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Putting Unrest To Rest

Leaders can help address racial inequity by conquering the unconscious biases inside their own companies.

During a time when we’re all trying to add value in the fight against racial inequality and social injustice, it’s important for leaders to use more than words to let their position be known. We must pursue real, tangible ways to celebrate differences and help conquer discrimination, racism and bias.

Here are some ways we can each use our abilities, resources and influence to build a culture that celebrates each individual’s diverse background and experience.

Reflect and then pivot. With times of deep change come opportunities for self-reflection. I encourage every executive to take a deep look at how decisions are made throughout their organizations. Who sits in leadership roles? Is their influence truly reflective of all the employees in your organization and the community you serve? Are voices of Black employees heard and honored? LGBTQ? When you identify gaps, act on them. At Westmed Medical Group, we leverage technology that allows us to track key human capital data and identify staffing trends in real time. Our leadership team monitors a monthly workforce profile dashboard for meaningful data we can translate to action, such as the percent of new hires that represent a diverse population and the retention rate of minority employees.

Build a culture of inclusion. At the end of the day, we want our workforce to represent the diversity of the community we serve. It’s to the benefit of everyone to work together and achieve change and create a culture of openness, thoughtfulness and ultimately respect for our patients and our colleagues. As a white male, I know that making the most inclusive decisions for my organization means surrounding myself with a diverse executive team with backgrounds different from my own.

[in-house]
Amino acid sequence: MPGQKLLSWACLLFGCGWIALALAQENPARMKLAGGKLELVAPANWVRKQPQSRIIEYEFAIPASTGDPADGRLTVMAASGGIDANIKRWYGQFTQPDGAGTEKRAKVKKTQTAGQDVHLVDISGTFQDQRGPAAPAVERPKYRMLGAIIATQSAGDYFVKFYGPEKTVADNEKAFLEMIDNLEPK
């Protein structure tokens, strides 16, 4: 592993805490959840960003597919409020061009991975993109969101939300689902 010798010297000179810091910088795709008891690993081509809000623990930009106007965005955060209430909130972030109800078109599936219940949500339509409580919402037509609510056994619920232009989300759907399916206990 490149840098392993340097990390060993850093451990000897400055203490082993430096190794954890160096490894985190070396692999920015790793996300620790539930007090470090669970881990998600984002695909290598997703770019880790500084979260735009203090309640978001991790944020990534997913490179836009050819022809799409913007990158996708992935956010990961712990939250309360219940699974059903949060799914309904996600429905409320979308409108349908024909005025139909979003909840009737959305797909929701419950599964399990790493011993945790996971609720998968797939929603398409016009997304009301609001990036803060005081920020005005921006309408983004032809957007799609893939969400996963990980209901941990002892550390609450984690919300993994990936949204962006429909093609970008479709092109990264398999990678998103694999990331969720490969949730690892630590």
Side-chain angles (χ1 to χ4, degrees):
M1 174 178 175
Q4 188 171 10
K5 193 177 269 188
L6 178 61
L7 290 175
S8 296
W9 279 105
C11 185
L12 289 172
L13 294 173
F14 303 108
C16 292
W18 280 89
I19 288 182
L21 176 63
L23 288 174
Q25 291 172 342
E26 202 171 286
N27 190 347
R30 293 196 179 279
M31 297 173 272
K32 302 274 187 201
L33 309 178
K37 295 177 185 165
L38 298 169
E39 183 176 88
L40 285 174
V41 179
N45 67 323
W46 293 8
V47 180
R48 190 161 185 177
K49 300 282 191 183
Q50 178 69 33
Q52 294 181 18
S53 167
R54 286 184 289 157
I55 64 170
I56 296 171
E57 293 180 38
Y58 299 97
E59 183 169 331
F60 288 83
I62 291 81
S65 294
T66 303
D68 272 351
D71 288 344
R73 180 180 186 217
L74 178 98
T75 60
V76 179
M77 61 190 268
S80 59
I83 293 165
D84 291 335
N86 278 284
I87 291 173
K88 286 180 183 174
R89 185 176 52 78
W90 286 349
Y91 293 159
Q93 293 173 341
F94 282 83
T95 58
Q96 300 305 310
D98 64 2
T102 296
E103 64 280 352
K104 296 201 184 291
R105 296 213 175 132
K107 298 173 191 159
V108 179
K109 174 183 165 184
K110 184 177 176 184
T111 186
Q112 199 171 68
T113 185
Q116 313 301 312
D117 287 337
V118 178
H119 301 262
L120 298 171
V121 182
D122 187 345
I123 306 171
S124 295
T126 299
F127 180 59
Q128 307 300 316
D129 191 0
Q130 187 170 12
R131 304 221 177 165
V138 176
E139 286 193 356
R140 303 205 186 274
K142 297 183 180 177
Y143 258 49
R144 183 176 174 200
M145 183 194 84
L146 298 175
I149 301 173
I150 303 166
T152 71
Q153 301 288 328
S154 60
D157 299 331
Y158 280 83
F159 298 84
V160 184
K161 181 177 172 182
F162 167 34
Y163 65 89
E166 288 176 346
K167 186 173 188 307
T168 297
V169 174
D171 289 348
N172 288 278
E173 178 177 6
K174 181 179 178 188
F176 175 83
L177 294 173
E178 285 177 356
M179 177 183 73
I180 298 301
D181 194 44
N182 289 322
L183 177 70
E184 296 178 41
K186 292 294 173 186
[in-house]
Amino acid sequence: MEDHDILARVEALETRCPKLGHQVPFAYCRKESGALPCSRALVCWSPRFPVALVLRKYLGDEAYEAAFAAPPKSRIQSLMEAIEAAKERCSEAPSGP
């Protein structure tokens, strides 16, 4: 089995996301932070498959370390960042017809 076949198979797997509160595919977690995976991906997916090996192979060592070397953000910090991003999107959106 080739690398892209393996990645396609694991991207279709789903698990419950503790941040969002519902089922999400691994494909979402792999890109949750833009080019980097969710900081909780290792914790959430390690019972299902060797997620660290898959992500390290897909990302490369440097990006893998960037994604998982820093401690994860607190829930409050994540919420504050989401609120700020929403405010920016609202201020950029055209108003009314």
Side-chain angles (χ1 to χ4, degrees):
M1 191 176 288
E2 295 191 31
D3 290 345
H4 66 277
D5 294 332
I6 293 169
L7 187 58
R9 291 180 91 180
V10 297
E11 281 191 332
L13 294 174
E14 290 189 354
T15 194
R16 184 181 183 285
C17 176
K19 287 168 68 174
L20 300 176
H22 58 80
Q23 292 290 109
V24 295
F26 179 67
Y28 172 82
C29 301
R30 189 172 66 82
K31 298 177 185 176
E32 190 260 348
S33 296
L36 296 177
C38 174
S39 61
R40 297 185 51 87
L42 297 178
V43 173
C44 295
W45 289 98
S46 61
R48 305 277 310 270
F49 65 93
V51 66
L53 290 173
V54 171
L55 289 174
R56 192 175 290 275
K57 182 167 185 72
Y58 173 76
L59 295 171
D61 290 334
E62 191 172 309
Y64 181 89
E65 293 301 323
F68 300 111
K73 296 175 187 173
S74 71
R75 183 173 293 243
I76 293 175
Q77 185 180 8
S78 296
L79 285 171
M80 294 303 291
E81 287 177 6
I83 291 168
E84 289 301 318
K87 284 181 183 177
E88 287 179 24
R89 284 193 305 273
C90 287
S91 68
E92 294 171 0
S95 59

I am proud that my executive team is 66 percent female, and 50 percent of our female leaders represent a diverse ethnicity. Almost 50 percent of our entire workplace represents ethnic diversity. Although this is a good start, we remain focused every day on hiring, retention and promotion policies that reflect unbiased and transparent decision-making, ensuring that the voices of our people are heard, and developing policies and a culture that make every employee feel comfortable in their work environment.

We audit job postings to make sure that they attract a diverse population, and we analyze the percentage of diverse candidates at each recruiting stage. We also redesigned our physician recruitment sourcing to ensure that we are partnered with multicultural professional associations and student groups, and we focus our college recruitment on programs that have a strong diverse population.

Address unconscious bias. Without a concerted effort to combat it, unconscious bias exists in any organization. Ensuring your hiring practices are based on standard qualifications and not the names you read on résumés or the faces you see during interviews will help your company raise up employees of every race and nationality.

In 2020, Westmed began developing rigorous management training for anyone who hires employees, helping them to understand how to ask questions and engage in conversation with potential recruits while steering clear of topics that could lead to unconscious bias.

Creating a Diversity & Inclusion council that represents a real intersection of your organization can be instrumental in developing training curriculum for unconscious bias, collecting data and analyzing areas of the business that need change so that you can address policies and practices affecting diversity.

You don’t need to create an organization that is colorblind; you need to create an organization that honors and celebrates the colors, genders, sexual orientation and beliefs of each individual.


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